Free Shipping on All Orders $75 Or More!

Your Trusted Brand for Over 35 Years

Life Extension Magazine

<< Back to August 2009

Is Homocysteine Making You Sick?

A New Bioactive Form of Folic Acid Can Lower Stubbornly High Homocysteine Levels When Ordinary B-Vitamins Fail

August 2009

By Robert Haas, MS

Homocysteine is a Risk Factor For Cancer

Emerging research suggests that elevated levels of homocysteine may be a risk factor for cancer.39 A number of studies suggest that folate, through its effect on regulating DNA methylation and reducing homocysteine levels, may prevent cancers of the breast, bladder, lung, lymph, and colorectum.40-44

Conflicting evidence with respect to prostate cancer45 raises questions about the efficacy of folate for prostate cancer prevention. Some experts believe that when it comes to taking folate supplements, timing is everything. For example, some have proposed that folate may be beneficial when taken prior to old age because it decreases the likelihood of DNA mutations.

Why Ordinary B Vitamin Supplements May Not Lower Homocysteine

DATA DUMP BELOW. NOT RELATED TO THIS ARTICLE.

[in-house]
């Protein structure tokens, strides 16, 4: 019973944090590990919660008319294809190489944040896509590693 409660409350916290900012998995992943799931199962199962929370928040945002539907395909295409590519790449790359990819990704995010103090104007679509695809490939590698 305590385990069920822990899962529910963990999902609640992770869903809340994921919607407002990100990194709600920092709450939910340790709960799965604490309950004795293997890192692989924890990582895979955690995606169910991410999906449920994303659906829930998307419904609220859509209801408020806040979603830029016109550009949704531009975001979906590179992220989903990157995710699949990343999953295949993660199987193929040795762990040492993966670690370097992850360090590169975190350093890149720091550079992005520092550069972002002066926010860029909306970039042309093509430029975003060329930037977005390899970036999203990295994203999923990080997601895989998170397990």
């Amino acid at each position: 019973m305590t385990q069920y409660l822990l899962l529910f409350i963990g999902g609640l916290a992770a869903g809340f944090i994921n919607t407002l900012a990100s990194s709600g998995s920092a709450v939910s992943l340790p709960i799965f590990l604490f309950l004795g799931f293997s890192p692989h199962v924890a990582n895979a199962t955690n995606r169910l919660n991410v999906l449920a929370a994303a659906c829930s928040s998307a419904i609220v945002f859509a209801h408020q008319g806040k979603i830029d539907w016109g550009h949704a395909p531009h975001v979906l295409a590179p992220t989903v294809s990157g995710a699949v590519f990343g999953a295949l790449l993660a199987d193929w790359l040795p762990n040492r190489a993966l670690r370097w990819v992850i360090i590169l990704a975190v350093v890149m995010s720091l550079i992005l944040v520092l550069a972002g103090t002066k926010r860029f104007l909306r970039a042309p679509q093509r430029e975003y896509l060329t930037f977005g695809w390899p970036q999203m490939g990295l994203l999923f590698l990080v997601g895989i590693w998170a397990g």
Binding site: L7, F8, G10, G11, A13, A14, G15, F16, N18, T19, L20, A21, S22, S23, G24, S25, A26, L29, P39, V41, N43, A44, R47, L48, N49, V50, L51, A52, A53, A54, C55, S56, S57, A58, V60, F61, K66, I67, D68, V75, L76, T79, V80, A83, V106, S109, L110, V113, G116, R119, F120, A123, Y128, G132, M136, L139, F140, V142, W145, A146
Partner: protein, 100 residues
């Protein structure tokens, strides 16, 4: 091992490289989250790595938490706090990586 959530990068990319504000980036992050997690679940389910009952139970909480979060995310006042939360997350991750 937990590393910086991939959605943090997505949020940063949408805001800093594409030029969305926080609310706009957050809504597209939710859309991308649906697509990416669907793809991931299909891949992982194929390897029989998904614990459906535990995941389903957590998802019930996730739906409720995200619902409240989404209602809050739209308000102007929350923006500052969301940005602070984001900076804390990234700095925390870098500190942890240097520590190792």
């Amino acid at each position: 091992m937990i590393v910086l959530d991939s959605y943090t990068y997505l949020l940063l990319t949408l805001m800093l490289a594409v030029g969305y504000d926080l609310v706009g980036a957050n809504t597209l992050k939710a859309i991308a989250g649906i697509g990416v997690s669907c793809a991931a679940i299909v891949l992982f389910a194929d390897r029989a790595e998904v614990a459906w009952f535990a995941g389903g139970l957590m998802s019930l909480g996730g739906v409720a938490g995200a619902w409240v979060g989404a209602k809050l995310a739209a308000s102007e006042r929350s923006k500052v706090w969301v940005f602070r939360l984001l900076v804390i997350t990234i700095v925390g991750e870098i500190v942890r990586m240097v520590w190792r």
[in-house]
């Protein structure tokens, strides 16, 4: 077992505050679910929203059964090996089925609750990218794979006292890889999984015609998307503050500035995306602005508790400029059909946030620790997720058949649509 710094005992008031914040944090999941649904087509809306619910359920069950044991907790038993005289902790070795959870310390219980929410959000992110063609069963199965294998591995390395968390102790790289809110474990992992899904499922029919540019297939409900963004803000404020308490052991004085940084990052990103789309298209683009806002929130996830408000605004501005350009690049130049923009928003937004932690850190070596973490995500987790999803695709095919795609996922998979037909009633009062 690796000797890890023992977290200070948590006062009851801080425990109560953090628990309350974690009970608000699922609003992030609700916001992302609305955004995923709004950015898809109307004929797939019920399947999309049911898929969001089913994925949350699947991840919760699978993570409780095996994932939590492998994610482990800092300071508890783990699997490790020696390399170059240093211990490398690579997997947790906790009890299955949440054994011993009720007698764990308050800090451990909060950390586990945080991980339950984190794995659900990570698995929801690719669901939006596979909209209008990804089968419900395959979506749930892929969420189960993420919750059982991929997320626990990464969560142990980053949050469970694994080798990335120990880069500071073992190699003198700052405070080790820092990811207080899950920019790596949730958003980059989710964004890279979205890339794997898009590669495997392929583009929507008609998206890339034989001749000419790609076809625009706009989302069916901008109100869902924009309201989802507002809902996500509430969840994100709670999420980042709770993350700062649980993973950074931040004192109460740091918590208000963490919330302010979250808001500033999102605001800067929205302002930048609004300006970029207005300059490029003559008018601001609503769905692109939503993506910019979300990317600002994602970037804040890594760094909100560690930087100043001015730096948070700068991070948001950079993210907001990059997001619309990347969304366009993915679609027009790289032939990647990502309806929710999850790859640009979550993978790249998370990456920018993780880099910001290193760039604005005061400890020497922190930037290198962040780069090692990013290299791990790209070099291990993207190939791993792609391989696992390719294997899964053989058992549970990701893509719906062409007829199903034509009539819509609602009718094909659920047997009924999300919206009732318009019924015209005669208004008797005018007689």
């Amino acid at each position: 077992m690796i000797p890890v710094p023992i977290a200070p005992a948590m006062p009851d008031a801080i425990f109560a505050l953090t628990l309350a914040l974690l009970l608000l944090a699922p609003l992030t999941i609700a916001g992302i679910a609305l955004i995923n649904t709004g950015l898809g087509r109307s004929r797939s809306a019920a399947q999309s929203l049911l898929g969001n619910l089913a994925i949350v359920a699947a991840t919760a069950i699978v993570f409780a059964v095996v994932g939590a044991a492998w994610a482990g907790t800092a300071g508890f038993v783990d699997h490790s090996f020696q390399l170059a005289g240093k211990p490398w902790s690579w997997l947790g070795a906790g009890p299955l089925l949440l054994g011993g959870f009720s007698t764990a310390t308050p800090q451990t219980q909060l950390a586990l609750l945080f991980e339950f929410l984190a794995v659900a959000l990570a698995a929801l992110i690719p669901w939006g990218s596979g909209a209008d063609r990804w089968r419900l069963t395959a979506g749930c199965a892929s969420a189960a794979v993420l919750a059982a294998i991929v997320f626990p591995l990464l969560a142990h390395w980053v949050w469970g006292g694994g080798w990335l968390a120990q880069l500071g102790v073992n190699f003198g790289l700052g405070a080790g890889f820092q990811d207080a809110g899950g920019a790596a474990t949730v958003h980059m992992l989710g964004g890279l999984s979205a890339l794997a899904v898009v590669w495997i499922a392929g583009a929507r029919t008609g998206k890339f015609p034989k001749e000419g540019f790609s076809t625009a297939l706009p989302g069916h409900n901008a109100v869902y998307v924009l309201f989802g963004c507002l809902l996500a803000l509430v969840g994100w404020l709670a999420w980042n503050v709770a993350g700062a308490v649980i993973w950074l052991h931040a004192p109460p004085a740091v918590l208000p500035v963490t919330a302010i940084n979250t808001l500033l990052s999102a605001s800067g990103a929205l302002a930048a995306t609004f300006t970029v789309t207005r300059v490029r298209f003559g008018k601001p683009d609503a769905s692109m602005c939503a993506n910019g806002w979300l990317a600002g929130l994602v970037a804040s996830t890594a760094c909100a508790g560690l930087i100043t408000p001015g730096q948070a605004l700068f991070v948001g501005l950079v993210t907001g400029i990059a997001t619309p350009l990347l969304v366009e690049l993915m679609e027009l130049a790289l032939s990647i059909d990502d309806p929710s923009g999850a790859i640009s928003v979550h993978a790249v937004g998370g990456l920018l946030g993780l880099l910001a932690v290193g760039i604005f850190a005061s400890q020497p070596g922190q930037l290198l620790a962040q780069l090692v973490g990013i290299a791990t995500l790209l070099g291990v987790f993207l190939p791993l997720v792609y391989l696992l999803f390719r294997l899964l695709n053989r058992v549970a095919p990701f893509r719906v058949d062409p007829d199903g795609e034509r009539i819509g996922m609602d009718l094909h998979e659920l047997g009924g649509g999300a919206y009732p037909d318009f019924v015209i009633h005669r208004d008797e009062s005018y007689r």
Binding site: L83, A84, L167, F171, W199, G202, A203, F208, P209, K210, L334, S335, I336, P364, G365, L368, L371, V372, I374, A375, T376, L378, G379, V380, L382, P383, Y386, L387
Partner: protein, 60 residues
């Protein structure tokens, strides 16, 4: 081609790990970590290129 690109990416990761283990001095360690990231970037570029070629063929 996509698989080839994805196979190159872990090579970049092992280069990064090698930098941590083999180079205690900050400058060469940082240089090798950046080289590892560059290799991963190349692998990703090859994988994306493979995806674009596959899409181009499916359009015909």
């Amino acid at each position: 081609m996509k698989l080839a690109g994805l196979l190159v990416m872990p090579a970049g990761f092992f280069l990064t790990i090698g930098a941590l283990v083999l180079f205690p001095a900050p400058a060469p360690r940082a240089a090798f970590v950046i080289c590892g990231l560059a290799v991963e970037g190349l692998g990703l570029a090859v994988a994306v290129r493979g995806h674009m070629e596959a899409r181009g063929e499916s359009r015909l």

Many people who take B vitamin supplements are unable to sufficiently lower their homocysteine levels low enough to prevent disease.46 One possible reason is that folic acid, the form of the vitamin used in most supplements and enriched foods, is not bioavailable enough to sufficiently increase plasma folate levels in people with certain health problems or genotypes.

Researchers recently found that giving bioactive 5-MTHF to patients with coronary artery disease resulted in a 700% higher plasma folate concentration compared with folic acid. This difference was irrespective of the patient’s genotype.23 Compared with bioactive 5-MTHF, folic acid supplements were relatively ineffective in increasing blood folate concentrations.

Cooking and food processing destroy natural folates. Although red blood cells can retain folate for 40-50 days following discontinuation of supplementation, folic acid is poorly transported to the brain and is rapidly cleared from the central nervous system.1